Home Office rejects advice for reducing drug-related deaths, revealing its backwards drug policy

Sam Woolfe

The Advisory Council on the Misuse of Drugs (ACMD) has suggested prescription heroin and supervised injecting facilities (SIFs) as measures to reduce the huge rise in heroin-related deaths. But the Home Office has rejected these proposals. And this is in spite of the evidence pointing to the effectiveness of these measures.

It may be a controversial approach, but it works

ACMD chairman Les Iversen told Home Secretary Amber Rudd:

The ACMD is of the view that death is the most serious harm related to drug use.

Heroin addicts in Switzerland say the country’s heroin programme saved their lives. Because the dose and purity of street heroin is unknown, it carries a higher risk for overdose and death. Heroin-assisted treatment is based on the assumption that if an addict will use a drug, whatever the circumstances, it should be used in the safest way possible.

Drug policy reform group Release argues that Switzerland’s approach has proven effective. Executive director Niamh Eastwood said prescription heroin:

…can be helpful in stabilising [addicts]; it keeps them away from the black market and allows them to maintain relationships with family.

Ian Hamilton, an expert on substance abuse from the University of York, underscored the point:

One of the most radical things is calling for drug consumption rooms. That’s quite progressive really because Public Health England have been really shy about drug consumption rooms and we know from evidence that those are the things that make the biggest difference to reducing deaths in people who inject drugs.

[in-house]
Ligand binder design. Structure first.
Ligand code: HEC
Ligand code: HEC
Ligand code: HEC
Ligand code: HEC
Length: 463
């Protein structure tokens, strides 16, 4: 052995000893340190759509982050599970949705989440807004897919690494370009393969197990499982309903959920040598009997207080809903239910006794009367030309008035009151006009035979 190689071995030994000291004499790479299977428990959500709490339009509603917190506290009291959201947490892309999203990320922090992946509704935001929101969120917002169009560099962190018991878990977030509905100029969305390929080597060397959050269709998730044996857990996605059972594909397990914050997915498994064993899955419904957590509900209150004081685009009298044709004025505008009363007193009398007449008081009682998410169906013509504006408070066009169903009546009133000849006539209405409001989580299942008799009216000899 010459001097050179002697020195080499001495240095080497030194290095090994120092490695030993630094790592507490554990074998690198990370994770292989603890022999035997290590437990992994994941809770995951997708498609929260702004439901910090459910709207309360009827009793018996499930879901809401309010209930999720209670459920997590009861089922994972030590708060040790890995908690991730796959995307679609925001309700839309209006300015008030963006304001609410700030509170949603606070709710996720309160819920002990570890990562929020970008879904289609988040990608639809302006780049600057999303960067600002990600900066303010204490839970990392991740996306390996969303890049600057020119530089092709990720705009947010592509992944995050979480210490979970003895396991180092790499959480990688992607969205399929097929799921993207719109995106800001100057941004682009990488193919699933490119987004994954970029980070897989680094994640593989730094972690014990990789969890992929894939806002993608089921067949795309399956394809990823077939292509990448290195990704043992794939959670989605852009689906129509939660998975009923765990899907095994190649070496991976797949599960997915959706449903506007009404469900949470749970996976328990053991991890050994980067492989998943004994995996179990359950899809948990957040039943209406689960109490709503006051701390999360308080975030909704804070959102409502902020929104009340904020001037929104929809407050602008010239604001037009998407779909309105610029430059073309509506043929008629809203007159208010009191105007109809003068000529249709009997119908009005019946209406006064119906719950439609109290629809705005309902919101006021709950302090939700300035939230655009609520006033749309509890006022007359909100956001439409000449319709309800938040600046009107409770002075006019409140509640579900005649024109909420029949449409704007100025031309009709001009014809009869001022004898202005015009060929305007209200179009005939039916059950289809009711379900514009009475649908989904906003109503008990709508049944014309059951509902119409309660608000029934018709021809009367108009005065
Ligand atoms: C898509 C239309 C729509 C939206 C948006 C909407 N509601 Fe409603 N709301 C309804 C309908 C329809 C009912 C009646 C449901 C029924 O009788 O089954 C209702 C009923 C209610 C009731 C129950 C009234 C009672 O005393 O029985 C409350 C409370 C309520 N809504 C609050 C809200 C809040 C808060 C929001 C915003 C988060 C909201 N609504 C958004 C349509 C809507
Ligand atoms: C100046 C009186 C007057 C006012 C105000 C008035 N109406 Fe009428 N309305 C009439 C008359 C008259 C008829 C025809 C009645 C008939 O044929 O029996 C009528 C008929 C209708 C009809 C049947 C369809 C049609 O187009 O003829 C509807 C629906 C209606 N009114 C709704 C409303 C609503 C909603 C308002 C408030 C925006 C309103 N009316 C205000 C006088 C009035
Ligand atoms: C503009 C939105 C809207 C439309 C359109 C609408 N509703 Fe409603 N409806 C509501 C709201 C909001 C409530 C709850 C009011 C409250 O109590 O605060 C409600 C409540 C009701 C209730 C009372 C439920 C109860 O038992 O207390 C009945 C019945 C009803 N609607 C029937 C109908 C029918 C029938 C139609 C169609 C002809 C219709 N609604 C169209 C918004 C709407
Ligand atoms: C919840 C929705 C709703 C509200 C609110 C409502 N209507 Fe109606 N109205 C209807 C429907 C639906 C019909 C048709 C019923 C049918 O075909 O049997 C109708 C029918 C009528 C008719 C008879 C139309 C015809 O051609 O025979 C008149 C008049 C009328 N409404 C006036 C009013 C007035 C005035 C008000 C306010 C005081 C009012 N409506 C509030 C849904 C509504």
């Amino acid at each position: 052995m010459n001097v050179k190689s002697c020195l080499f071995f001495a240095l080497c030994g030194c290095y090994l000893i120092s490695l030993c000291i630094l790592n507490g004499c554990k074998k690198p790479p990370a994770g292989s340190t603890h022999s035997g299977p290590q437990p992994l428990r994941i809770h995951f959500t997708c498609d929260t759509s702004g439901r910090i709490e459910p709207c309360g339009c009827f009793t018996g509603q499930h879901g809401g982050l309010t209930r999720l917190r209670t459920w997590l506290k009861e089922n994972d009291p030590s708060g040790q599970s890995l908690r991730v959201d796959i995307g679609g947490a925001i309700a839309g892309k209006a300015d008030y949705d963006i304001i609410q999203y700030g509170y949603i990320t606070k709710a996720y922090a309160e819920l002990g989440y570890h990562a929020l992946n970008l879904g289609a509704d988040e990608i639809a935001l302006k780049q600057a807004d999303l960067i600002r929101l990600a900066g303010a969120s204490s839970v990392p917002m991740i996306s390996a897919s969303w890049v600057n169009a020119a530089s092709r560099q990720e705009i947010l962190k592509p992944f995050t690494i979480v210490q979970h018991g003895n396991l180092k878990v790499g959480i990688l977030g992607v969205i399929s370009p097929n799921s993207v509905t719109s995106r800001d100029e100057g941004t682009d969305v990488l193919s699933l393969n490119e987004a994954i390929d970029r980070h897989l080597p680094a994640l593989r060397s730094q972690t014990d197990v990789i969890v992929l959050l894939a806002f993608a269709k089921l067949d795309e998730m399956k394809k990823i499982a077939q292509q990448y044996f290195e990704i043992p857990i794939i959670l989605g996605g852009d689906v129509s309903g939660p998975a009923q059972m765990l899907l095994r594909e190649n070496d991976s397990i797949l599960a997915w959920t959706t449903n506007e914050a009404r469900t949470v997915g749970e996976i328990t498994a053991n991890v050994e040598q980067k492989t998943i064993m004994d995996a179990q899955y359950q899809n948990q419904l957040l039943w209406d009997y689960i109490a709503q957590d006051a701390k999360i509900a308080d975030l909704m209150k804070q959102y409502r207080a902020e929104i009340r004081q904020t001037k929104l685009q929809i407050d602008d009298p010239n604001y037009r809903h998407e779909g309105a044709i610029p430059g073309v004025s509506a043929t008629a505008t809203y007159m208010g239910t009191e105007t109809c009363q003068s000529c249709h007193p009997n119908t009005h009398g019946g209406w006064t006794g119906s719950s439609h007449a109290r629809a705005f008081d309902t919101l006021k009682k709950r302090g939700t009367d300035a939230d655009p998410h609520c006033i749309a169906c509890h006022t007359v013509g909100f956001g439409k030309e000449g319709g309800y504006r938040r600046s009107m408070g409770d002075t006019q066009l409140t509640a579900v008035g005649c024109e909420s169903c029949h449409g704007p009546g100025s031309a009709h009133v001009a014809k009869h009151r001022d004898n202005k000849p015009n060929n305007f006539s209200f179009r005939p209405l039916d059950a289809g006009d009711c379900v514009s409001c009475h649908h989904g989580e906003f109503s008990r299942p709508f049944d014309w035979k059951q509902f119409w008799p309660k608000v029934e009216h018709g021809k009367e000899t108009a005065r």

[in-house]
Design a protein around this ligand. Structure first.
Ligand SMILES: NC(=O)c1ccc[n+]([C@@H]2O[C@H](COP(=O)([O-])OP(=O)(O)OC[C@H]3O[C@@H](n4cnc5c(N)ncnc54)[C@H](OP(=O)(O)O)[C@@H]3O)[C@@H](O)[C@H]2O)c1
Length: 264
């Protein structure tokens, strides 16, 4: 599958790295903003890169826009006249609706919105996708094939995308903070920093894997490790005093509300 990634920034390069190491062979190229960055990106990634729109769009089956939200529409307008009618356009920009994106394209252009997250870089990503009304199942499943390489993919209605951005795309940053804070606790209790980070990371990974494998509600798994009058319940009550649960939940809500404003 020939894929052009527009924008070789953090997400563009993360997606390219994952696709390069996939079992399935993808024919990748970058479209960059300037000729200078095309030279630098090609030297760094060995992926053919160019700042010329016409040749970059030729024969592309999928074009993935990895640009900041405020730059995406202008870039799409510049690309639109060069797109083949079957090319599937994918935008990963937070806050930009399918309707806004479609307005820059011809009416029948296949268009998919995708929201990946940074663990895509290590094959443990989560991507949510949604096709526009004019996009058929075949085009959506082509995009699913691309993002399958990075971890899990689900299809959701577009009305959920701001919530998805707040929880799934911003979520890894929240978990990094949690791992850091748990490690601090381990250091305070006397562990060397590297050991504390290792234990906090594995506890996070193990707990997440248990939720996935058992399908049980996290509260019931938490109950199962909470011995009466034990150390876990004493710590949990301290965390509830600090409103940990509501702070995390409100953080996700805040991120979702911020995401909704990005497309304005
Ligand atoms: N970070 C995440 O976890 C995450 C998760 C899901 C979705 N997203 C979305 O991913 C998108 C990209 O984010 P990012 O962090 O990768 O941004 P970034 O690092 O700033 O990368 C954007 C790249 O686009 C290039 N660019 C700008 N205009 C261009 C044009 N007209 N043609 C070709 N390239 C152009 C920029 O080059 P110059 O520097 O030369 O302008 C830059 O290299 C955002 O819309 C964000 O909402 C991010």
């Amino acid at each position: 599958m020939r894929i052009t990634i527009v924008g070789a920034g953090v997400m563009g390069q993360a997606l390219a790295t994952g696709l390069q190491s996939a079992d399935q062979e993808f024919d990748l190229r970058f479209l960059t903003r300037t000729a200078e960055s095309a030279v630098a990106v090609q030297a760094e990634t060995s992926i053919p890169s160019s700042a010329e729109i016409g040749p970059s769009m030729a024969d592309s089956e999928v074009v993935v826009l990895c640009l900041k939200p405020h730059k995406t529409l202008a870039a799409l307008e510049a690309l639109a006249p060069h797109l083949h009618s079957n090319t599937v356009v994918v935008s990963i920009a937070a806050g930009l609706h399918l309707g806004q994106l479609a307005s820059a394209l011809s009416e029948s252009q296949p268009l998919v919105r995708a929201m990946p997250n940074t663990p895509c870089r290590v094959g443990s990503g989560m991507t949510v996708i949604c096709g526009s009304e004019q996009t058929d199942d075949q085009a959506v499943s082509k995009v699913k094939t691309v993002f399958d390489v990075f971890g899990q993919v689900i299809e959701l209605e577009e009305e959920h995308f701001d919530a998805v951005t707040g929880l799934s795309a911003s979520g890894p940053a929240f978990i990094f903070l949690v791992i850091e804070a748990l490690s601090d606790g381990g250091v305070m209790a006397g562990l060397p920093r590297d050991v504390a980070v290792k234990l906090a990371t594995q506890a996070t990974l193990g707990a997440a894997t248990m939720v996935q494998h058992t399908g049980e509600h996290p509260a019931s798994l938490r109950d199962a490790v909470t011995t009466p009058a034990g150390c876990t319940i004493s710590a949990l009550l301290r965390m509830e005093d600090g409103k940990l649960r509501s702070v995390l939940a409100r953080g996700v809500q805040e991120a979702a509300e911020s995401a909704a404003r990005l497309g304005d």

Indeed, as previously reported by The Canary, Paris introduced a SIF as a way to tackle drug-related harm. Also, a report published by the Drug Policy Alliance illustrates the benefits associated with SIFs. And in light of this evidence, Glasgow may become one of the first cities in the UK to introduce SIFs.

But the Home Office response to the ACMD’s recommendations shows we may be a long way off the Swiss model.

A frustrating response from the Home Office

Hamilton argued that Public Health England was shying away from the argument to introduce SIFs. And it appears the Home Office is as well. A spokesperson for the department said:

Drugs can cause untold harm and this government is acting to reduce their devastating impact.

Drug misuse among adults and young people has fallen in the last 10 years and we are working to educate young people about the risks, to help those who are dependent through treatment, and to clamp down on the illicit trade.

This government has no plans to introduce drug consumption rooms but recovery will remain at the heart of our approach. We are grateful to the Advisory Council on the Misuse of Drugs for their advice and will respond in due course.

Ignoring the evidence

The Home Office wants to minimise drug-related harms, while ignoring the evidence in favour of SIFs. This seems contradictory. In addition, prescription heroin may be cheaper and more effective than the methadone treatment available on the NHS. Indeed, many patients are resistant to methadone treatment.

The Home Office claims recovery of patients is a priority. And it also wants to crack down on the black market. But these goals will be out of reach so long as the country pursues a failed ‘Drug War’. The department’s response is frustrating. It wants to make it look like it cares about drug-related deaths. But it has no plans to listen to the experts in an open and mature way. All we get in response is lip service, rehashed messages at odds with the evidence, and a blind commitment to harmful policy.

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Featured image via Wikimedia

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